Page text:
The lifesaving keeper recorded that “the windows of the lighthouse were broken in. The floors flooded. The building shifted about two feet, breakwater going to pieces around it and other places.” Still, the keepers refused to leave the lighthouse. They did, however, request that the lighthouse superintendent be informed of their situation. After returning to shore, the lifesaving keeper telegraphed the superintendent, who gave his permission for the keepers to be removed from the lighthouse if their lives were endangered. The lifesaving keeper judged the lighthouse keepers’ situation to be quite grave, and they were accordingly brought ashore with the assistance of a tugboat.
The mouth of the Calumet River and the surrounding land all lie within the state of Illinois, however due to the length of the breakwater, the breakwater lighthouse was actually just east of the Illinois-Indiana State Line, which runs north-south. Since the lengthy breakwater is exposed to the full force of northern storms that can sweep the length of Lake Michigan, over 12,000 tons of rip rap were placed along it in 1930 for protection.
Armand Seguin was stationed at the lighthouse in 1961-1962. During his service, the lighthouse was generally staffed by two Coast Guardsmen who spent four days at the lighthouse followed by two days off. Seguin remembers that there were two bedrooms, a kitchen, a bathroom, and an office/living room on the upper level, while the lower level housed the furnace, a water tank, and the air compressor for the fog signal.
The US Steel South Chicago works provided electricity to the lighthouse for free via a submarine cable. The only catch was that it was AC at 25Hz. This meant that the lights flickered, and while a motor/generator was used to convert the electricity into a standard 110V and 60Hz signal for powering a television, the picture would periodically get off sync.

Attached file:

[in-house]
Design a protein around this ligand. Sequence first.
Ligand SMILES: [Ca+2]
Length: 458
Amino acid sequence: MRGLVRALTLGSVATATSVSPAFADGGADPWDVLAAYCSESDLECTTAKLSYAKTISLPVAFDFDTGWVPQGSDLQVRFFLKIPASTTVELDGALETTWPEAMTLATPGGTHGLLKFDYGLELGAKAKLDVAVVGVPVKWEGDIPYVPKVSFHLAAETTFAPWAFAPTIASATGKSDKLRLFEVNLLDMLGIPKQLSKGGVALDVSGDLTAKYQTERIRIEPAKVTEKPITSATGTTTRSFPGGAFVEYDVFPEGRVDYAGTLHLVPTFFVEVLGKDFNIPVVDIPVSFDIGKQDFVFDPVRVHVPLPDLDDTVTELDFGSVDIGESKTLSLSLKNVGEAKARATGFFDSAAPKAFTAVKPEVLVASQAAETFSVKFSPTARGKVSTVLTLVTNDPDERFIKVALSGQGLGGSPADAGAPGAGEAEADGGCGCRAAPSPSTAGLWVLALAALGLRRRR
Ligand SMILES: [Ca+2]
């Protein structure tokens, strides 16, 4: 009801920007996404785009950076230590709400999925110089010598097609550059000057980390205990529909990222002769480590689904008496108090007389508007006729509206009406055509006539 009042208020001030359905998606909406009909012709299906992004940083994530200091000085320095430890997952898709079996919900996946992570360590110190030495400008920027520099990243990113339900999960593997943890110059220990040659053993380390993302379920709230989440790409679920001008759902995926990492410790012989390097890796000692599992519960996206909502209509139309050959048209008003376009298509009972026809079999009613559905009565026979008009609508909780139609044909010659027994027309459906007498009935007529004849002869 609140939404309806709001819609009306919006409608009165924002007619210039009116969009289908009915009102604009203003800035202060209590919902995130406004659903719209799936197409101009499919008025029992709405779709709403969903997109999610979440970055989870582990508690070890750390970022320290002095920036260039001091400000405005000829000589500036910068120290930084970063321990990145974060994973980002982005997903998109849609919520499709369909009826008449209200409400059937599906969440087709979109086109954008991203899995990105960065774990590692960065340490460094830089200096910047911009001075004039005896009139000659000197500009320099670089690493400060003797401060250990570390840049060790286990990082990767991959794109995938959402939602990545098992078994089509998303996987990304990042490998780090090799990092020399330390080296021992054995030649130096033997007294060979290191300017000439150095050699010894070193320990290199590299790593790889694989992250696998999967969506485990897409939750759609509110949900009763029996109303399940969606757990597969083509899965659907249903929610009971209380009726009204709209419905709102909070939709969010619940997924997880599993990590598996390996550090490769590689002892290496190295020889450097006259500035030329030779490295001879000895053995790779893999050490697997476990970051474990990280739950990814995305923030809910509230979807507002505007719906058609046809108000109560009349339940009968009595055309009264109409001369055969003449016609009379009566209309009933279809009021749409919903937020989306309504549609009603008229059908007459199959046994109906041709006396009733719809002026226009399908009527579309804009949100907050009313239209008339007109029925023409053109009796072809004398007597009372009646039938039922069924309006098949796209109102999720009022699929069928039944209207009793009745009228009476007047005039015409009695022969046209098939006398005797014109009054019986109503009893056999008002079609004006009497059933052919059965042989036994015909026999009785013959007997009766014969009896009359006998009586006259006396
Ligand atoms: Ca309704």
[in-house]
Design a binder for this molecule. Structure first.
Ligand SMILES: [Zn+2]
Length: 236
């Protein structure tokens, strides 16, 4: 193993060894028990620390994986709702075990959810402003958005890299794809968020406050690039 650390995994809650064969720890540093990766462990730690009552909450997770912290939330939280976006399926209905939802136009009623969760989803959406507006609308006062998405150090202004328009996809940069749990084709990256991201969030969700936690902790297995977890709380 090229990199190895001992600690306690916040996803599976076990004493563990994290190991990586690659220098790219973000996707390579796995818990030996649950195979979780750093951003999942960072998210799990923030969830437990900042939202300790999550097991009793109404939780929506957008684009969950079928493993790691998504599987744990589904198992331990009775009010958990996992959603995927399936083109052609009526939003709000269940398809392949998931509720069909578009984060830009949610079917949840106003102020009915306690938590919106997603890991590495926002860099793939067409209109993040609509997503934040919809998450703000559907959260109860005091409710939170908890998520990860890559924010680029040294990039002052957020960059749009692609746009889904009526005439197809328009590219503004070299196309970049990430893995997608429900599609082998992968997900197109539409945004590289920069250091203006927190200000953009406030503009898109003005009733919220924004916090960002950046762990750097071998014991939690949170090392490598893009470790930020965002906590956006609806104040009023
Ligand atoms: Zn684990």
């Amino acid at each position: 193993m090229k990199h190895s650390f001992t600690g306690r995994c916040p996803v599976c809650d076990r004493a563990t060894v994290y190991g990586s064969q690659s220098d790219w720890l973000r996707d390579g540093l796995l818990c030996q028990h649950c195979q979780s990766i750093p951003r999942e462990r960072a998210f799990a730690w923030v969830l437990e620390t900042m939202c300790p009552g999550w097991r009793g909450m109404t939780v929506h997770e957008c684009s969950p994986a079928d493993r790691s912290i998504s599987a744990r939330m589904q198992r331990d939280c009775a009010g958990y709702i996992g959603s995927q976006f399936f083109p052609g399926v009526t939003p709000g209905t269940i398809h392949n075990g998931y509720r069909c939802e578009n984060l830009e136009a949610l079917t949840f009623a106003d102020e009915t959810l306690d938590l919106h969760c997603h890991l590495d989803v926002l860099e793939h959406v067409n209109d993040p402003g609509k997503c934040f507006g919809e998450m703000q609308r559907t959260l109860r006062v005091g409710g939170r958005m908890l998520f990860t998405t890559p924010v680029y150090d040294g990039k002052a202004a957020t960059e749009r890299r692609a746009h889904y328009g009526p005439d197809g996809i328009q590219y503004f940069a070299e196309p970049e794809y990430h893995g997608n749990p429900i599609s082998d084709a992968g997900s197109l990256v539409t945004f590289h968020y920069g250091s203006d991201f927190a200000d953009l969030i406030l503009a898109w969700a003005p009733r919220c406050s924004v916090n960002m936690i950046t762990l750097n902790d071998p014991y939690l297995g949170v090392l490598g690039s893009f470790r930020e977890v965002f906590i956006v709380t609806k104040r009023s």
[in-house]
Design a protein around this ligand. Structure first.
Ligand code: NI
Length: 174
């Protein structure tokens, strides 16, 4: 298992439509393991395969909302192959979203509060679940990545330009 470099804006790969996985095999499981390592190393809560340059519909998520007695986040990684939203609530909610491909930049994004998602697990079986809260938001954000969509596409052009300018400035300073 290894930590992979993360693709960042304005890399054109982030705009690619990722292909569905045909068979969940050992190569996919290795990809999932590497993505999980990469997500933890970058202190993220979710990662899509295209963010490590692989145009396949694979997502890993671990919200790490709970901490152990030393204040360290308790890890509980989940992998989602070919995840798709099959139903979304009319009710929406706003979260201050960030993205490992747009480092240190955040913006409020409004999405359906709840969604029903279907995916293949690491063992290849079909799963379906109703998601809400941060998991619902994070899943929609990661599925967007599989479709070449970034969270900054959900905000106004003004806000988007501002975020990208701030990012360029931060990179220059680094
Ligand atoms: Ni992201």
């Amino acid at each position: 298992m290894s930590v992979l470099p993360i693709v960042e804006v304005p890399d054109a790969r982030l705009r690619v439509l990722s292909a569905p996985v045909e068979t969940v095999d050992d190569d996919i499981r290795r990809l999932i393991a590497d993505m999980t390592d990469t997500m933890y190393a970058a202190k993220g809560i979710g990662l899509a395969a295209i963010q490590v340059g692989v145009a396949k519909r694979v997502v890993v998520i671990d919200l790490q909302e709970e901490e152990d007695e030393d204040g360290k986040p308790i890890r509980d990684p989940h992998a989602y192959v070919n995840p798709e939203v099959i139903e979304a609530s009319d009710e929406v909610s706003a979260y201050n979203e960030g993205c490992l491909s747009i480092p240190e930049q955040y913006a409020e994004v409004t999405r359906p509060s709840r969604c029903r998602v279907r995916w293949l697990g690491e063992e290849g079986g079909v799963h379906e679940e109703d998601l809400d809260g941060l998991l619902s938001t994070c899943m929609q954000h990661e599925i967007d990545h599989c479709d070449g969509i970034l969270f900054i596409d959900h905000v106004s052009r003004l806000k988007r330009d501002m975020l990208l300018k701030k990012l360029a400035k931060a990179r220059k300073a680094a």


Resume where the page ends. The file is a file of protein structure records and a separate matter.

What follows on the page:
Inspectors from Chicago visited the station and found that the well water was contaminated. When Sequin inquired how bad it was, the inspector replied "Well, you might take a bath in it, but don't get it anyplace by your face! And, boil it like mad before you cook with it." From then on, the Coast Guardsmen had to haul their own drinking water out to the lighthouse.
A second detached breakwater with a length of 5,007 feet was built to provide further protection for the harbor. A small gap, which provides a direct route to the river from the lake, separates the two breakwaters. In 1995, the two-story, breakwater lighthouse was demolished over a period of 22 days. In its place, stands a white cylindrical tower marked with a red band, as seen in the bottom photo to the left. The nearby end of the detached breakwater is marked by a similar tower with a green band. The steel tower standing on four cylinders shown in the top two photographs marks the other end of the detached breakwater.
Located at the end of a 6,714-foot-long breakwater that extends from the mouth of the
Calumet River into Lake Michigan. The lighthouse is owned by the Coast Guard. Tower closed.
The lighthouse is owned by the Coast Guard. Tower closed.
Pictures on this page copyright Kraig Anderson, used by permission.